And I've had videos that have 300,000 views. No call to action. Talk about a missed opportunity. That's 300,000 people watch this mug talking and I could offer them anything that I have that I could sell if I want their email, if I want anything like the video, something I just said, OK, but it was done here and it's like, wow, what a wasted opportunity. And then the very last piece of the outro, which is simple, you know, thanks for watching the video. I will say my name is Ryan Snaadt, it rhymes with odd and we'll check in the next video 'Peace!' I say this everything. And I've had people that find me on the street that have seen the videos and like Ryan's not. It rhymes with and it's like it's working every outro I've ever done. David Yes. So absolutely. No, I have that. I mean, my show is a little different than like a tutorial. It's more like I love food. So, you know, it just show food, talk food, eat food, you know, go out for food, make it weird, you know, and, you know, we've we have this weird niche following, but I'm still trying to tap into how can I get that like call to action and my kind of show you've seen it. David And so let's just put this into practice here because I'm sure many people can insert their own YouTube. So into this. What are what are things you're seeing from midnight food come in that I'm we're not doing right that we could maximize on. Sure. Sure. So I'd say especially with a channel like yours, it's not tutorial based instructional educational. I would say the main thing you need to do with any channel is identify the core audience. Like you said, if it's a niche audience, like who are those weirdos out there that would label it with pride? Like I'm the weirdo that loves the show. Like, that's what we want to talk about. So I would say identify those people, get kind of a target demographic for them. Maybe, maybe they're 25 or 35. Maybe they're older than that, younger than that, whatever and then I would figure out, here's five main things these people all enjoy. Like, obviously it's food because they're watching the show. Probably travel because you're going all over the place. Maybe maybe some different music as well. I mean, you've talked about it's very eighties theme, so that might be a part of it too. And then also figure out of that group, what are they typically looking for? What are they interested in and what other sub topics can you weave into what you're doing? I think that's really, really important. A lot of my videos are about business stuff for videographers, but I share other things as well. You know, I'll talk about transitioning from a full time job to this or not. Like there's so many things you can do. And then if it's intuition strikes and you know, hey, this could help somebody. You just, I would say share it so that that would become the first thing is like clarifying your audience, knowing what they want and then going from there. Aside from that, it's definitely especially in your space, it's a YouTube and title or a thumbnail and a title game for sure. So how do I hook somebody's attention and grab them? David So let's talk title real quick. I know that some went out realizes that the title is everything from an SEO standpoint because YouTube is directly linked up with Google. What are some keys that you've learned from the title standpoint? Ryan Oh, sure, yeah. Title is everything. So what I and what I did with a lot of my why I had success on YouTube is I would keyword research and find titles that people were searching for five ways to grow business, tips for tax season, stuff like that, like all these things. And I would make a list and then those would be my topics I'd make. So the title I would say, find a keyword that you want to focus on. So for me, let's say it's how to make $1,000,000 in a year, which we use it in that example before that would be your first title or your in your title. And then somewhere in the description box you want to lease it. I mean, it's just like Google SEO, I mean, because it's owned by Google. So in the description today we're going to talk about how to make $1,000,000 in a year. You go to your tags million dollars in a year, $1,000,000 near the title, the thumbnail, $1,000,000 in a year in the video, in the first 5 seconds, say today we're going to teach you how to learn how to make $1,000,000 in a year because they transferred all of your stuff and the captions go in there. So it tells Google in five different ways. This video is about how to make $1,000,000 in a year. So if anyone searches that, they can find it if you're not going for search based, it's all about shock factor, jaw dropping. I have to watch this type stuff. You look at some of the best people in the business, Mr. Beast, Logan, Paulson, these guys that just thrive on just grabbing people's attention, that's really what it is. It's like this jaw dropping type thing, like how to juggle five running chainsaws at once while walking over. It's like, I have to watch this video. It's like those types of things. So I would say in your case, how do you how do you find one little narrative in your video that would appeal to a bigger mass audience than just your people? You know, I think that's that's a that's a big piece of it. David Thumbnails are also important. You know, it's interesting to me how many videos on YouTube, I see the thumbnail and I'm like, whoa, that's interesting. You click on it. And actually nothing that the thumbnail is actually in that video. But they knew how to do get you to click on the what are some of the key things that you've seen that work consistently from a thumbnails standpoint? Ryan Sure. I would say like statistically for me, anything with a face in it gets the click way more than a landscape. Say you're so you're doing a it's a Travevlog, you're going to Greece. I went to Greece for my honeymoon. We didn't do a travel blog, but it's like maybe it's a really nice pictures of the Santorini Beach. You get the white everything, people won't click it. Now, you put a person in there and they're smiling or their mouth open like ten things I didn't know about Santorini and my like my mouth is open for whatever reason. Statistically faces and having your mouth open, which sounds really like sexual and weird, but it's true. It's like the shock factor. 00:15:19:03 - 00:15:31:15 Ryan It's like because I've had my best performing ones, I can show you my channel. I'm all, like, looking at us. It's like five ways to do blah, blah, blah. And I'm like, shocked about it. That always grabs attention for, at least for me, I've seen statistically that way. David Yeah. It was interesting. One of the you know, when I posted some of my videos on my personal Facebook pages and such, you know, people would click on some of them and, you know, whatever. But there was one I have where I'm like literally like my face is there and my chin is down. I have like a triple chin under. David And I'm like reacting to this tan of, you know, and it I got more engagement for that short video organically speaking within my own circle than any of the other ones because it didn't feel rehearsed and super polished absolutely. So what other things like I know that YouTube thumbnails sometimes can be oversaturated with stuff and it gets too busy. Like what? What do you think of in general, esthetically wise? Sure. I would say it really depends on your audience. Like, I make a lot of stuff in the film production space, so a lot of people do really professional thumbnails. You know, they'll set up a backdrop, a lighting system like fog, whatever, just it looks really polished. I think there's that piece of it. But again, my audiences, those are those people. So it's like you have to kind of tailor to your audience what they're looking for. I think especially if you have like video production skills, I think that is a huge thing. So there's there's a guy down in Texas that he's a really interesting channel. His name's Joe Knows Best. So if you look him up on YouTube, great, great channel to look at as a case study, his whole channel's about cars. So like he he's owns a software development company, so he has a high income and he spends a lot of it on cars is single guy like that's all he does is just like invest in cars and flip them and whatnot and fix them up. But he also is very, very skilled with the camera. So he'll make these really awesome, engaging, high energy B-roll edits where it's like, you know, the cars flying down the road and there's drone shots and all this crazy stuff and there's all these car guys that watch the car car stuff's huge on YouTube, but it's all like 50 year old men in their garage with the GoPro where this guy's making it. And like, that's his it factors. He knows it's cars, it's technology, and it's high production value. That's what makes his channel so interesting. And he, like, puts a video out like once a month. People are just craving for it. But he just he's so busy with other stuff. So I think that's the it factor is like if you can find one, two, maybe even three things that when you mix them all together, you're the good stuff. I mean, it's the same thing with like a band, right? All these new bands that come out, it's like, oh, they're mixing country and hip hop and, and pop. And that's why it sounds unique or it's a country rapper and it's like, well, we've never heard that before. So it gets people's attention, right? So it's like mixing the best of different things and making it all your own. I think that's really what makes the channel stand out, especially from just the retention standpoint, right? It's like, OK, I've watched the first video, but would you ever watch another one from him? It's like, oh yeah. Like if he keeps bringing the content, he like, this is great. Like, I was really entertained. Like, I want to watch more and more of these. I think that's, that's a really big piece, too. Yeah. David What was, you know, you've had successful, you know, engagement and videos and then maybe there were a couple of years like not as much.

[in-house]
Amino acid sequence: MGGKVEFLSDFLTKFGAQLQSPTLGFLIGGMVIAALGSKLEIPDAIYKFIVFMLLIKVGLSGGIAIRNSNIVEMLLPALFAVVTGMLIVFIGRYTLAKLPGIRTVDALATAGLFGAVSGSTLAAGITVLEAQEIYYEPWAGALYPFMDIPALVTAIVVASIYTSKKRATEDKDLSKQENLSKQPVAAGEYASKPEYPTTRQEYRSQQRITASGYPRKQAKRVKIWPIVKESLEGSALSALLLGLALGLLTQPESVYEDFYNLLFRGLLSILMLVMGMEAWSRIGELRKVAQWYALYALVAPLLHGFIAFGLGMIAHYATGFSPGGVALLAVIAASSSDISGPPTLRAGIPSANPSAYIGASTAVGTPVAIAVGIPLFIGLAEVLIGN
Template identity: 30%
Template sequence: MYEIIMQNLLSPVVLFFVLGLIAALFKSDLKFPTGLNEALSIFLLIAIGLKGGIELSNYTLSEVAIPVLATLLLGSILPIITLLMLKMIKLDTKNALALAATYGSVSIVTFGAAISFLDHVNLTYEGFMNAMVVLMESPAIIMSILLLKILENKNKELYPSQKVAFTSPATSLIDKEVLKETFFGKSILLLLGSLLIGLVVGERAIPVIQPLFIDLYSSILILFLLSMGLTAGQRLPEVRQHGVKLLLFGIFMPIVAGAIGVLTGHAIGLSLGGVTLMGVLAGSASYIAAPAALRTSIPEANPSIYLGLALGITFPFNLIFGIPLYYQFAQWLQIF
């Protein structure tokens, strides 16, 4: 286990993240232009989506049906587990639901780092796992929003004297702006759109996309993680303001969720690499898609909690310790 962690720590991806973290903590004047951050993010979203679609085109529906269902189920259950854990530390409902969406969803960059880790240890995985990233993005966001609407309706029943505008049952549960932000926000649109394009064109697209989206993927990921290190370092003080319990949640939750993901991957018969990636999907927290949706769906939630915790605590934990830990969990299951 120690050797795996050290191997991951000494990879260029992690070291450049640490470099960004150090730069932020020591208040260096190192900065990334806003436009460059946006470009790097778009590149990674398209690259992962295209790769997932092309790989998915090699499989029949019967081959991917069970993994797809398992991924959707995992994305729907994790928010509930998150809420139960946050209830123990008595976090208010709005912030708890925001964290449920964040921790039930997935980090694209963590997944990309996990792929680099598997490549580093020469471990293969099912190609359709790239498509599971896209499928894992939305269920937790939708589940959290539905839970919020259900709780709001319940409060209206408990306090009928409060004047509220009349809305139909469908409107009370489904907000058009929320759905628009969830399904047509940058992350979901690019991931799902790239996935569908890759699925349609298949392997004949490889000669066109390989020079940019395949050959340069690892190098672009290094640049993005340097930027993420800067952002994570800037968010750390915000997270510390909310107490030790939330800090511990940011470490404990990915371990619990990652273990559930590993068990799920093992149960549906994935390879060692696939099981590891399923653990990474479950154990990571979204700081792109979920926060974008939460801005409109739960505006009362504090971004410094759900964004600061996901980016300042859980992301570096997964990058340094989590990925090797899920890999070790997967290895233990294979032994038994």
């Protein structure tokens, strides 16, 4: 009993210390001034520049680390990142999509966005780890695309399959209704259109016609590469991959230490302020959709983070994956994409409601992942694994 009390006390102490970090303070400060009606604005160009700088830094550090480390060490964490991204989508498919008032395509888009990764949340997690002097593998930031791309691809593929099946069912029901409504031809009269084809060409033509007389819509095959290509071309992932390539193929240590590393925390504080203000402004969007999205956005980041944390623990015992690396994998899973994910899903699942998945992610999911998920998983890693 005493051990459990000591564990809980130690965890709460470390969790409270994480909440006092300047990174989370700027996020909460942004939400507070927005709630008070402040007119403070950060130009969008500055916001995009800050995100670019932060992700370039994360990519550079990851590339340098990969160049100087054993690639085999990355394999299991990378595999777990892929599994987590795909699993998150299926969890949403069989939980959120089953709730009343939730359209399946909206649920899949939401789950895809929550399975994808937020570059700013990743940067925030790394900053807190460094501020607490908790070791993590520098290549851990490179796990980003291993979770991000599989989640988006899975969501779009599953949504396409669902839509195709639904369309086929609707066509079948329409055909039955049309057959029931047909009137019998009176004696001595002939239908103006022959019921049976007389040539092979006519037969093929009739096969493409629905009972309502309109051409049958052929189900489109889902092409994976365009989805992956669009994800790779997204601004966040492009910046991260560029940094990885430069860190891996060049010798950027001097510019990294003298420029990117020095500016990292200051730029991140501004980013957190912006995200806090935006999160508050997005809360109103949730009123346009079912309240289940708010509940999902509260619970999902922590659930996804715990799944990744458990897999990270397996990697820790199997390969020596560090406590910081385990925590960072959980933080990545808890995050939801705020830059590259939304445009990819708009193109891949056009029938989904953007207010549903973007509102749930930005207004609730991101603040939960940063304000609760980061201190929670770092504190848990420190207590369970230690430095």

What were some things you learned that you needed to do differently? Sure, sure. I think the first thing is finding your sweet spot for length of video. People ask me all the time, Ryan, how long should my videos be like? As long as I need to be.